Jones Looks Forward to Olympic Trials
Next week sees the culmination of four years of hard work and personal sacrifice as Swindon Dolphin swimmer Chris Jones competes at the 2008 British Swimming Championships, aiming not only for success, but for a place in the British Olympic Swimming Team. Jones, the Scottish captain, has clocked up approaching 3,500 hours in the pool and many more hours in the gym since the last Olympic trials, but his fate now lies in well under three minutes of swimming, and in achieving an improvement of less than one second.
It has been a memorable 12 months for Jones. Amongst his most impressive achievements are a gold medal in the 100m breaststroke and a silver in the 50m breaststroke at the 2007 British Championships last March. He subsequently became the 50m breaststroke National Champion in August, recording a Scottish record on his way to gold. Added to this Jones set county records in 33m, 50m, 100m and 200m breaststroke events during the 2006/2007 season and claimed short & long course, 200m breaststroke world records in the 25-29 years age group at major Masters’ competitions.
“My main focus approaching these trials is to be stronger and lighter than I have ever been before. I have been using a weight loss programme based on calorie counting for about 4 months and am currently 4 kilograms lighter than my racing weight last year. Combined with the fact that I’m stronger and have been training harder in the pool than ever, I’m hoping this will be the key to me dropping down to the 100m breaststroke Olympic Qualifying time. I have to knock 0.96 of a second off in the heats to achieve this.”
Up against established British international breaststrokers such as Kris Gilchrist, Darren Mew, Chris Cook and James Gibson, the big challenge for Jones will be to finish in either first or second place in the final as only the top two swimmers can be selected from each event for a place in Team GB at the Beijing Olympics – “If I can make the time in the heats I will have confidence going into the final. I love to race, and proved last year at the British Championships that I can race fast in the morning. I’ve swam quicker all year then I have done in previous seasons and have had some big meets to push me, racing in Holland, France and Scotland to prepare myself against top opposition.”
Jones, who was a finalist in the 100m breaststroke and a medallist in the 4X100m Medley at the 2006 Commonwealth Games, and who won a bronze medal in the 100m breaststroke at the 2005 US Open, only began swimming seriously in his third year at University. “Up to then I only swam two hours a week in Marlborough, but it was thanks to Masters swimming that I decided to increase my training. Every time I swam a personal best it was a step closer to a British Masters’ age group record. I eventually qualified for my first Nationals which was the last Olympic trials in 2004 and I swam 66.76. At the 2008 trials next week I will be competing against guys who have not achieved personal bests since then, so as long as I keep improving I will be in a strong position.”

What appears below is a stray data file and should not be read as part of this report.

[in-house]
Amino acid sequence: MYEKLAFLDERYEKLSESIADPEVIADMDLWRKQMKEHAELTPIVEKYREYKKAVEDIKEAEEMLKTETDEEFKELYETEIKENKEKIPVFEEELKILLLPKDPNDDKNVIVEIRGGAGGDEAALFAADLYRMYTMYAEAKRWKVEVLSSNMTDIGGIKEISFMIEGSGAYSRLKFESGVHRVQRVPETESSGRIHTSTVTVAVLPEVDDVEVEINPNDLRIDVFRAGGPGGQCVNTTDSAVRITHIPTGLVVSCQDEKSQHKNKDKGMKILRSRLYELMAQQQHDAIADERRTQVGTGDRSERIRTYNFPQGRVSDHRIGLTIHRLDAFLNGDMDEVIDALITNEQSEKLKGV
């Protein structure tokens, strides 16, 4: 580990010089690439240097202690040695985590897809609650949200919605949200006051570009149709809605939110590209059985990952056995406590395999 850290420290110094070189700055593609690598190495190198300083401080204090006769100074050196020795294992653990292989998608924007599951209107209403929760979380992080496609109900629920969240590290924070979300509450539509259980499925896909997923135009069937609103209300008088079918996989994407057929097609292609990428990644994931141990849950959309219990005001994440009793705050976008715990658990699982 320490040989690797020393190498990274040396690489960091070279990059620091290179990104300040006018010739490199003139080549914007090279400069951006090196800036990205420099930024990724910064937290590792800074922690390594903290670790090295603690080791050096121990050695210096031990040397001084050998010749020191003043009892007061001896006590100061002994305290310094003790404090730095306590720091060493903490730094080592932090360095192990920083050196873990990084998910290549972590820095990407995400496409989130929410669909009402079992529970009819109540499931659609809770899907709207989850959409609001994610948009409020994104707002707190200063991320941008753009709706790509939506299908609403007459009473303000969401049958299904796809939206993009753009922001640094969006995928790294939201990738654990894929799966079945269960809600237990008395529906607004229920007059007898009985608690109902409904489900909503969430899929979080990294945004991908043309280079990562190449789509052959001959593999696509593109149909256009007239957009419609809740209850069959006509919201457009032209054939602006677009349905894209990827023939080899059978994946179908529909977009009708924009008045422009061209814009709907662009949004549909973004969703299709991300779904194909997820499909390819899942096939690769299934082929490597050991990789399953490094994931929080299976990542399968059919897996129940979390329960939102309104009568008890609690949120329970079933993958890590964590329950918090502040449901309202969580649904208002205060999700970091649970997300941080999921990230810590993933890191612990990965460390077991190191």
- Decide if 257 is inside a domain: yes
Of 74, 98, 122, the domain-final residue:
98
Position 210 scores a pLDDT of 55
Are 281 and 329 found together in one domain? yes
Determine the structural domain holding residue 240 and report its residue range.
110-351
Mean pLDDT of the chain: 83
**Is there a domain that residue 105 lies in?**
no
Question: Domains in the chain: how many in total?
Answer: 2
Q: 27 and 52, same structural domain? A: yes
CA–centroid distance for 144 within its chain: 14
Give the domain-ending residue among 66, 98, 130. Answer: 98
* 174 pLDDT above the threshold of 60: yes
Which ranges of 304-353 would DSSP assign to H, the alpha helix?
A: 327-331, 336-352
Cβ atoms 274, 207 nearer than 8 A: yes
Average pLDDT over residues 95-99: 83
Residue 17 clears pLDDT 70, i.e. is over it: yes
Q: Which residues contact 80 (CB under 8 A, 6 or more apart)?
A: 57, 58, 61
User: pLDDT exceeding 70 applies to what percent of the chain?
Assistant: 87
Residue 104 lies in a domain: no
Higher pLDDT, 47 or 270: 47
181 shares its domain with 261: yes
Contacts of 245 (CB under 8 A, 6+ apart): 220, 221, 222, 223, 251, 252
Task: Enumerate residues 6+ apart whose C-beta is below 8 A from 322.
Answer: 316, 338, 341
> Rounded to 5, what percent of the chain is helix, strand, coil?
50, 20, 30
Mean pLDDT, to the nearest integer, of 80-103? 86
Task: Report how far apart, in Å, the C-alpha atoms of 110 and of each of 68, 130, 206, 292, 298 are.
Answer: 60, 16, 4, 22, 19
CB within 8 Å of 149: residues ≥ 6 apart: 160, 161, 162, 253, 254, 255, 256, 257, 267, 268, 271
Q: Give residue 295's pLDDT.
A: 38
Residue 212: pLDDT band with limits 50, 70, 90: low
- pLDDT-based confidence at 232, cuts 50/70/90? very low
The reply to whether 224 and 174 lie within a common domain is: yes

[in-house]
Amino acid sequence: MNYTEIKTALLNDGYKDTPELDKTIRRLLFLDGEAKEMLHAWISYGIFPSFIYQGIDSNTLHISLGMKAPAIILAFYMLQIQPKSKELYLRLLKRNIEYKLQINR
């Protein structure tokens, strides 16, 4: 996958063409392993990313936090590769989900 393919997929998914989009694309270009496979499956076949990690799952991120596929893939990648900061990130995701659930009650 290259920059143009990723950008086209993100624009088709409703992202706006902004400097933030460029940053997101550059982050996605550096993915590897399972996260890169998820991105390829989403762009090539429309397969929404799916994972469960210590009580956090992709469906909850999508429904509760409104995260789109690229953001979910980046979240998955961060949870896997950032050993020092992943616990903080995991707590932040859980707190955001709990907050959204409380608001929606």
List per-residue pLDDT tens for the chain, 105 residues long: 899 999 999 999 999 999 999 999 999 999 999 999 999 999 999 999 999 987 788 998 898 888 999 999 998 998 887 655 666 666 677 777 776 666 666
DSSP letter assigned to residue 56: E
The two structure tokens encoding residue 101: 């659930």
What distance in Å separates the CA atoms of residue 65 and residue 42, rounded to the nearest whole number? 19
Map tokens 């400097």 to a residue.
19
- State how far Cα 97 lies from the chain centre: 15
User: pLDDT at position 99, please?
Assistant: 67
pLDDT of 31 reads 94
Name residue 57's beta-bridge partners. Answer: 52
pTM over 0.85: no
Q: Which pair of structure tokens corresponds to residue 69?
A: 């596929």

Compared to his friends from University, Jones, who is currently studying for a professional actuarial qualification, has made many sacrifices. “They are driving nice cars and buying houses, – I am yet to properly start my career, having combined work and swimming since leaving university, with the emphasis on swimming.” With the exception of 2006, Commonwealth games year, Jones has not benefited from the funding that has been available to many other top British swimmers and in recent years has worked full time as a trainee accountant in Southampton, part time in a bar and has also taught swimming. “I now have a fantastic job in Slough. I work three days a week in the actuarial department of an insurance company. I have flexible working time and an understanding boss, so I’ve been able to combine full time swimming with a job that will further my career. But it has been tough, particularly on Fridays when I’m up at half past four to be in the pool by 5am for two hours, then I head straight to the gym before driving to Slough for work. I later return to Swindon for another 2 hours of training at 6pm. I tend to value my sleep a lot more now!”
25 year old Jones is optimistic about the future and feels that as long as he continues to improve at a similar rate it won’t be long before he breaks into the British team. “I am competing against guys who all receive funding from British Swimming and have access to offshore training camps and sport science benefits. Because of the late age that I broke into National swimming, I have missed the development funding opportunities. However, this only makes me all the more determined!”
Jones wishes his Dolphin team mates who also qualified to swim at this year’s British Championships the best of luck. The club’s top backstroker, Jon Audis competes in the 100m while Cathal Westman, a 2006 age group National silver medallist, participates in the 200m breaststroke.
The British Championships will be held at the Pond’s Forge Arena in Sheffield from 31st March to 6th April.
Source: Swindon Dolphin Press Team